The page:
Gordon Bagnall

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Gordon Bagnall (b. Croydon, 12/12/1898 – d. Cape Town, **/01/1977) was a journalist, broadcaster, an occasional actor and playwright.

Biography

Arthur Gordon Bagnall was the son of the Rev. Ernest James Talbot Bagnall, a Primitive Methodist clergyman and his wife Lydia Mary Knight. He was educated at St. Olave’s Grammar School in London. During World War I he was in the Royal Navy Volunteer Reserve Service, where he was a telegraphist. He entered Oxford University in 1919 and during 1922-23 he was both President of the National Union of Students and of the Oxford Union. In 1923 he travelled to the United States, apparently as a member of David Lloyd George’s personal party, and again in 1925. On those occasions he visited American universities and took part in political debates. In 1929-30 he was President of the International Confederation of Students.

He first visited South Africa in 1931 and toured the university towns as a member of the League of Nations Union, an organisation formed to promote international justice, collective security and a permanent peace based upon the ideals of the League of Nations. He decided to settle in the country and by 1933 his profession was given as journalist. During the 1930s he was a regular broadcaster on international affairs from the Cape Town office of the SABC. He was leader writer for the Cape Argus for ten years and thereafter for the Cape Times. In 1951 he became Public Relations Officer for the University of Cape Town and in 1966 for the Nederburg Estate. Known as a wine connoisseur, he wrote Wines of South Africa: an account of their history, their production and their nature (K.W.V., 1961). He died at Groote Schuur Hospital after a long illness.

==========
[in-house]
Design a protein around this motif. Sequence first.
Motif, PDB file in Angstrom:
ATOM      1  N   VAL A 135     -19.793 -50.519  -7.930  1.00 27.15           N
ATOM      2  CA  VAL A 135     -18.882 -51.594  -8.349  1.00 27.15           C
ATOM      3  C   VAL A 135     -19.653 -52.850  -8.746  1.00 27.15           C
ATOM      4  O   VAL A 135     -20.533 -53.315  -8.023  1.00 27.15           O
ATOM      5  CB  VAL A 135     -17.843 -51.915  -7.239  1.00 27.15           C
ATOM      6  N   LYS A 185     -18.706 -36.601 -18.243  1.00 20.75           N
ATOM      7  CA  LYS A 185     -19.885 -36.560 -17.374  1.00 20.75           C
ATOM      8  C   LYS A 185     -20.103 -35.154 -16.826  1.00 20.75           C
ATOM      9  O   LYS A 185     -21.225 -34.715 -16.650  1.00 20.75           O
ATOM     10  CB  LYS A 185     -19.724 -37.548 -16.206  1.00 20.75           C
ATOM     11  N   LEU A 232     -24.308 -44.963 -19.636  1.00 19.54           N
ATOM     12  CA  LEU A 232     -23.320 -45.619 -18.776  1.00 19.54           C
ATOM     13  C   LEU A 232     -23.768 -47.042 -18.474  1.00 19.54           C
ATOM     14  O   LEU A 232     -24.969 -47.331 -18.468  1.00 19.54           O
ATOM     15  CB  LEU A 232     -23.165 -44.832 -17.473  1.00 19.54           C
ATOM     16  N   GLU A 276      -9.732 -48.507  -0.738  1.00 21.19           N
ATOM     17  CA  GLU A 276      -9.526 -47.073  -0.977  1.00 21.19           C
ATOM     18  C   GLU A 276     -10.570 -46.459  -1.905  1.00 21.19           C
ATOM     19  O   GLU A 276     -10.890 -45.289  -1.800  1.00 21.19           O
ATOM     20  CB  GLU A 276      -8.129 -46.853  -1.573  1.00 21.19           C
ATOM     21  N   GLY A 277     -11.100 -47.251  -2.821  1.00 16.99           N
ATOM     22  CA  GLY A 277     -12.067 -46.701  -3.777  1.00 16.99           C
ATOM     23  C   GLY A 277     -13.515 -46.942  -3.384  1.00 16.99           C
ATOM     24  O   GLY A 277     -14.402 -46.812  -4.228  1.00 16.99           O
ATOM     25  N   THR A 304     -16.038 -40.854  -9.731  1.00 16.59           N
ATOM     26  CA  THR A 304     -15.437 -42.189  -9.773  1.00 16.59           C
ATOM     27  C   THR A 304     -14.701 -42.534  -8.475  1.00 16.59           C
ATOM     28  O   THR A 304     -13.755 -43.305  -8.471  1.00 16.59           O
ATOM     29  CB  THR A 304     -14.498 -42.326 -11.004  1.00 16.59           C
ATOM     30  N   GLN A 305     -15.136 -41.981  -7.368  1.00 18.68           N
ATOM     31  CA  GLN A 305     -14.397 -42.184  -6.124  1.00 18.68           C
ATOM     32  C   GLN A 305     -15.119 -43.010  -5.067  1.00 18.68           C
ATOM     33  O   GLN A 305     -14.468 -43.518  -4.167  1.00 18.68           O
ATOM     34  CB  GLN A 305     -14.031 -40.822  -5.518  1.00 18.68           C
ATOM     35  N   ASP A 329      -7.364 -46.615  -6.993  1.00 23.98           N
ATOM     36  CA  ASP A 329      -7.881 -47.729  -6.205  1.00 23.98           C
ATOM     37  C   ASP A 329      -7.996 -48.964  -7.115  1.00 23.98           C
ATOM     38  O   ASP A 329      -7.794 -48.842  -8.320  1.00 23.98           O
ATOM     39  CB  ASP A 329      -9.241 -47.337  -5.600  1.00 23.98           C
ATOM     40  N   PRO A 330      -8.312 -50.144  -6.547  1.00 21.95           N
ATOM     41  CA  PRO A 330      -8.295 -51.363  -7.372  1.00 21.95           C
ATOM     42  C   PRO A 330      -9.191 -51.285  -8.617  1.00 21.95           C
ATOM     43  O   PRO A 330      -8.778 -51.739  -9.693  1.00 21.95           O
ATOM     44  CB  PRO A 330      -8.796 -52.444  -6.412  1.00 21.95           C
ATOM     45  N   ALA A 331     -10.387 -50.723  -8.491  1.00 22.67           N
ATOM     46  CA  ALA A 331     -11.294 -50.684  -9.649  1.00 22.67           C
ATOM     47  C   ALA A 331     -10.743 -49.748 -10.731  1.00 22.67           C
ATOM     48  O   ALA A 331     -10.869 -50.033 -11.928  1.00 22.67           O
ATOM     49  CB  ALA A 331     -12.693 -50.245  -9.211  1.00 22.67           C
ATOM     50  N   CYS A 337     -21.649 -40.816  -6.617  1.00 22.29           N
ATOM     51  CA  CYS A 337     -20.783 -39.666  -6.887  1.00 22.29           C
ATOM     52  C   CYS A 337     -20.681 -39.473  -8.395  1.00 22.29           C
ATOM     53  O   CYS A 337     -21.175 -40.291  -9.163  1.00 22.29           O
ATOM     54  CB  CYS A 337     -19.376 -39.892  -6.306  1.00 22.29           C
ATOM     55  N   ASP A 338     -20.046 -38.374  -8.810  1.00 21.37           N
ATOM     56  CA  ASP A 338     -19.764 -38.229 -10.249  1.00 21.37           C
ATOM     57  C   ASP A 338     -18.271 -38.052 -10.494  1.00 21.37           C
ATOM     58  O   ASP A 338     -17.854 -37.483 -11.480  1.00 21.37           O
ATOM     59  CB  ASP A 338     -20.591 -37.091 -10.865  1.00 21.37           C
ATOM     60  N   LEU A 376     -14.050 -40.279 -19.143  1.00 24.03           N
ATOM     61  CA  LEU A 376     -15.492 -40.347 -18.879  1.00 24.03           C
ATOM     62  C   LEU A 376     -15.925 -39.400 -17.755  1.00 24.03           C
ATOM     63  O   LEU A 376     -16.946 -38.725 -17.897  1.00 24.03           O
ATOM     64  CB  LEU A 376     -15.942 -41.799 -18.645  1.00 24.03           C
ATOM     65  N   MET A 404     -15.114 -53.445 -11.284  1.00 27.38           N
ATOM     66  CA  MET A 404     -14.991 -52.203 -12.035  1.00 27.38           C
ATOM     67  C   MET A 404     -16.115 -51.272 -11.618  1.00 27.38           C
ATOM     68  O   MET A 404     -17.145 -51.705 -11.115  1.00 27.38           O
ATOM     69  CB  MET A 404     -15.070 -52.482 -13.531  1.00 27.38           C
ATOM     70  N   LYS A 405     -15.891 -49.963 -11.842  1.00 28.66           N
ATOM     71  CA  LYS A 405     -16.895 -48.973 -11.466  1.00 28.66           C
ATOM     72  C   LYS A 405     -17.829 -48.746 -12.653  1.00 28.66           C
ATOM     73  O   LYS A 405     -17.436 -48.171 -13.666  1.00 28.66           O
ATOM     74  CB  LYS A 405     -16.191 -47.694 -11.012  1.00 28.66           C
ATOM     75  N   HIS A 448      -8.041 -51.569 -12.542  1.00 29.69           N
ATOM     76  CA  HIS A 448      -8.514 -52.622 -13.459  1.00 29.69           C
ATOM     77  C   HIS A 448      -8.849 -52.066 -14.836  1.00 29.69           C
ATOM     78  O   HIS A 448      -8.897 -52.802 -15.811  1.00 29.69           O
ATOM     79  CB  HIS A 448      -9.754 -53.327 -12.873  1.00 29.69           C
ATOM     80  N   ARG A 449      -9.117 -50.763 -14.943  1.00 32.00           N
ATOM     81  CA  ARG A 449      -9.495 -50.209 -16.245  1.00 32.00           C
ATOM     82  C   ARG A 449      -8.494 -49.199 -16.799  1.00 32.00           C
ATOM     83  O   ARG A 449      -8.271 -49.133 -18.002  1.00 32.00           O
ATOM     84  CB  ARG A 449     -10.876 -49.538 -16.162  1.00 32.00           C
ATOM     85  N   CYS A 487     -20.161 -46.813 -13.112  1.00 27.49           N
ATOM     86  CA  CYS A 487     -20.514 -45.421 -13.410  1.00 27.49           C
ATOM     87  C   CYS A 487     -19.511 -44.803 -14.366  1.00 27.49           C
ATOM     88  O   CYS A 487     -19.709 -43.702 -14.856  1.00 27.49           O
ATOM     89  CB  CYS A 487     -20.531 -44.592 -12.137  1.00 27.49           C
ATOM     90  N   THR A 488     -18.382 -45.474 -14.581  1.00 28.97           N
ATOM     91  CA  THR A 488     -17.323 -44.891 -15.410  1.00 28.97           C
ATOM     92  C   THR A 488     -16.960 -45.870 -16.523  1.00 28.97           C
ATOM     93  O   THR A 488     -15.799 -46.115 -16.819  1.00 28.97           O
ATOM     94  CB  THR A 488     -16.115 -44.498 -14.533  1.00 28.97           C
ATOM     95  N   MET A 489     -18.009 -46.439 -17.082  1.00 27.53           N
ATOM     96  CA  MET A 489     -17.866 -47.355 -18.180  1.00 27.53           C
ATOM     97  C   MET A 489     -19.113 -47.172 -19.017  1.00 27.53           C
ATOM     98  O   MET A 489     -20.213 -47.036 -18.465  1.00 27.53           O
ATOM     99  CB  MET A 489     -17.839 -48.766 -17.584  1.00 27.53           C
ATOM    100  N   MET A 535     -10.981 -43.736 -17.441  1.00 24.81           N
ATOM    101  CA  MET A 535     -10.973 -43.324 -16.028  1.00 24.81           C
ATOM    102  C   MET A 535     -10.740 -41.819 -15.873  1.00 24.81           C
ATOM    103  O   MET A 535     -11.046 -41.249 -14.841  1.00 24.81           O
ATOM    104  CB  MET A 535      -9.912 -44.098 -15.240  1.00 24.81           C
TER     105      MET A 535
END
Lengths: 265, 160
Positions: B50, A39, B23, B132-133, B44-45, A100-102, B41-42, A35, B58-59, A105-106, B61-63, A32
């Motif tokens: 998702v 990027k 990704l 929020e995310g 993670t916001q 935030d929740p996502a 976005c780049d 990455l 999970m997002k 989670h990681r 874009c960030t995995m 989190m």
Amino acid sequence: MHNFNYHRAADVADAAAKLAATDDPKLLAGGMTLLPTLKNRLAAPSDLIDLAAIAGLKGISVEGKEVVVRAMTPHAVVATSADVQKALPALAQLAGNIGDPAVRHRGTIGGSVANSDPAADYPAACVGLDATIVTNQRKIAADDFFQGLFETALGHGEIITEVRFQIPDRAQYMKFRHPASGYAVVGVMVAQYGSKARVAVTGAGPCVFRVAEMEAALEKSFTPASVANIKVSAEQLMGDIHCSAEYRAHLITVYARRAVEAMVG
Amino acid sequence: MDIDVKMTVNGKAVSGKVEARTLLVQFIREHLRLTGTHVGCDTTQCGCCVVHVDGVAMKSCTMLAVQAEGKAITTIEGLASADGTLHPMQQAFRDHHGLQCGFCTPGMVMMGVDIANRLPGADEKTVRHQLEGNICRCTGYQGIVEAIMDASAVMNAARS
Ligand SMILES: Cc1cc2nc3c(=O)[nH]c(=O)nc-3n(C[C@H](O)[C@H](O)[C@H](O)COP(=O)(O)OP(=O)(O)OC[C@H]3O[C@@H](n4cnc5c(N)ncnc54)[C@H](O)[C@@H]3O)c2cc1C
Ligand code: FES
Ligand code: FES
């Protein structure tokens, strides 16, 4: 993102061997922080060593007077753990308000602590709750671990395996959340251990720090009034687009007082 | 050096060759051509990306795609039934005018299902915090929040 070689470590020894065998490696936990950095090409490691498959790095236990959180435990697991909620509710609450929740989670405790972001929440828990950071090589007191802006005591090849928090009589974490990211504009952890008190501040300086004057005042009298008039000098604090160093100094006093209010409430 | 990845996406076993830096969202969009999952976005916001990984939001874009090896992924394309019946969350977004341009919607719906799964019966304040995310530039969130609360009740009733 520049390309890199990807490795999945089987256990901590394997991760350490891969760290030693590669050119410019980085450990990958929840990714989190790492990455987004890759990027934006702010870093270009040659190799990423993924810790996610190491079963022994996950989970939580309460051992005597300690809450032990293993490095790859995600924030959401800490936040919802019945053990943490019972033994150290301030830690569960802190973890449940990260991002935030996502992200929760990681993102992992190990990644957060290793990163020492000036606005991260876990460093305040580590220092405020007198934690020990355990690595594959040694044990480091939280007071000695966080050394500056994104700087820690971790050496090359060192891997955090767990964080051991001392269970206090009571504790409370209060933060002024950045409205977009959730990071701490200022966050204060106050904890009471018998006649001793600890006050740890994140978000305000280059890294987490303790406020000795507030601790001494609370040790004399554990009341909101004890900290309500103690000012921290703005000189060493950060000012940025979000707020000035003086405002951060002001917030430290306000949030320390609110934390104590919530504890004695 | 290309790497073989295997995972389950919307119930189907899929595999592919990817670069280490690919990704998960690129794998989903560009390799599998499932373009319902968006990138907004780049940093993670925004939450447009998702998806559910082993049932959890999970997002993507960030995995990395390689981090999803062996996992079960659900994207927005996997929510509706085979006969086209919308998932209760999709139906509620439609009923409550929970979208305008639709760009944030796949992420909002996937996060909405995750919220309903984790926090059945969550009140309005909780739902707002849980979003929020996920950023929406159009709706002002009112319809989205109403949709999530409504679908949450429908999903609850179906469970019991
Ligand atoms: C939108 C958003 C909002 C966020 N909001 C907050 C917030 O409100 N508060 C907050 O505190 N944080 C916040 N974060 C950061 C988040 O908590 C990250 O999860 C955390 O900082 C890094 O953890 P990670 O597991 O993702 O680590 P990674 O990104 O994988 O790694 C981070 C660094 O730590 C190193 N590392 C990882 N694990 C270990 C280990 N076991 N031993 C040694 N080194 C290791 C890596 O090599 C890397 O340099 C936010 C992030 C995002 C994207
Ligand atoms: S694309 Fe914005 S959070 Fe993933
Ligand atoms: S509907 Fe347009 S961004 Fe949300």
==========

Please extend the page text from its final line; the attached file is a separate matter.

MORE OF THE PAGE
Gordon Bagnall was married twice, first to Sally du Plessis in 1935 and, after their divorce, to Dorothy Greene in 1954.

Contribution to South African Theatre

In 1943 his one-act play The Pineapple Barrow was performed by the Cape Town Repertory Theatre Society and in 1951 he acted in Love in Albania, directed by Joyce Bradley at the Labia Theatre. In 1957 he wrote and acted in Just Between Ourselves, a political revue that was staged first in Cape Town and subsequently in Johannesburg. Another one-act play, Birth of a Union, was performed at Cape Town’s City Hall as part of the festival to celebrate the fiftieth anniversary of the founding of the Union of South Africa.

Sources

Primitive Methodist Magazine 1919

Columbia Daily Spectator, 8 October 1923

Middlesex County Times, 21 April 1934

Rand Daily Mail, 18 January 1977

Undated clipping from Die Burger found in a scrapbook prepared by Sophie Snyman, student in Speech and Drama at the University of Stellenbosch, dated 1951.

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